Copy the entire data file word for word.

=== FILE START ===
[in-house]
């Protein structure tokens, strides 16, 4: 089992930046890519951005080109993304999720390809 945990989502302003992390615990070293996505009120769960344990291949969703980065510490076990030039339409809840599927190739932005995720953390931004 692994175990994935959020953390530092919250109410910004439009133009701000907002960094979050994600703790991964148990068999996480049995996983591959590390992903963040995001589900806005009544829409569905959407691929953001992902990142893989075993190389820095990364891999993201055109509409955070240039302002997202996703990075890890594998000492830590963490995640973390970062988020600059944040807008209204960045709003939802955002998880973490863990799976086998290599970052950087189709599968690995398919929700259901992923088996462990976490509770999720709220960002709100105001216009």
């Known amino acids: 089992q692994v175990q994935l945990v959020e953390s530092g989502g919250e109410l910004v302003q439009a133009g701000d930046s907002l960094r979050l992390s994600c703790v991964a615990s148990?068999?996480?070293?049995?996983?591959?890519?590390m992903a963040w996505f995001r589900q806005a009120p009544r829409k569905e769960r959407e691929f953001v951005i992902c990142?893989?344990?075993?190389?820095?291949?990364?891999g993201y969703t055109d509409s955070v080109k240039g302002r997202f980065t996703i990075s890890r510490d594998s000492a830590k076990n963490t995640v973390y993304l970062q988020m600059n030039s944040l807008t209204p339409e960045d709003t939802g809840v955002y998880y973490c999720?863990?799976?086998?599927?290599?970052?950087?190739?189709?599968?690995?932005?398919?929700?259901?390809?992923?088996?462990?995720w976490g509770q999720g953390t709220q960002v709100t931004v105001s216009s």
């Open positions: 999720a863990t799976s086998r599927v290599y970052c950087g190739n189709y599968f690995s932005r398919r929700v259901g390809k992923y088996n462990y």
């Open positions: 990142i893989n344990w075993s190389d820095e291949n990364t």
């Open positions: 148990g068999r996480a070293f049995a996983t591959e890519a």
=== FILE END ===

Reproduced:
[in-house]
């Protein structure tokens, strides 16, 4: 089992930046890519951005080109993304999720390809 945990989502302003992390615990070293996505009120769960344990291949969703980065510490076990030039339409809840599927190739932005995720953390931004 692994175990994935959020953390530092919250109410910004439009133009701000907002960094979050994600703790991964148990068999996480049995996983591959590390992903963040995001589900806005009544829409569905959407691929953001992902990142893989075993190389820095990364891999993201055109509409955070240039302002997202996703990075890890594998000492830590963490995640973390970062988020600059944040807008209204960045709003939802955002998880973490863990799976086998290599970052950087189709599968690995398919929700259901992923088996462990976490509770999720709220960002709100105001216009």
């Known amino acids: 089992q692994v175990q994935l945990v959020e953390s530092g989502g919250e109410l910004v302003q439009a133009g701000d930046s907002l960094r979050l992390s994600c703790v991964a615990s148990?068999?996480?070293?049995?996983?591959?890519?590390m992903a963040w996505f995001r589900q806005a009120p009544r829409k569905e769960r959407e691929f953001v951005i992902c990142?893989?344990?075993?190389?820095?291949?990364?891999g993201y969703t055109d509409s955070v080109k240039g302002r997202f980065t996703i990075s890890r510490d594998s000492a830590k076990n963490t995640v973390y993304l970062q988020m600059n030039s944040l807008t209204p339409e960045d709003t939802g809840v955002y998880y973490c999720?863990?799976?086998?599927?290599?970052?950087?190739?189709?599968?690995?932005?398919?929700?259901?390809?992923?088996?462990?995720w976490g509770q999720g953390t709220q960002v709100t931004v105001s216009s």
């Open positions: 999720a863990t799976s086998r599927v290599y970052c950087g190739n189709y599968f690995s932005r398919r929700v259901g390809k992923y088996n462990y």
């Open positions: 990142i893989n344990w075993s190389d820095e291949n990364t």
């Open positions: 148990g068999r996480a070293f049995a996983t591959e890519a």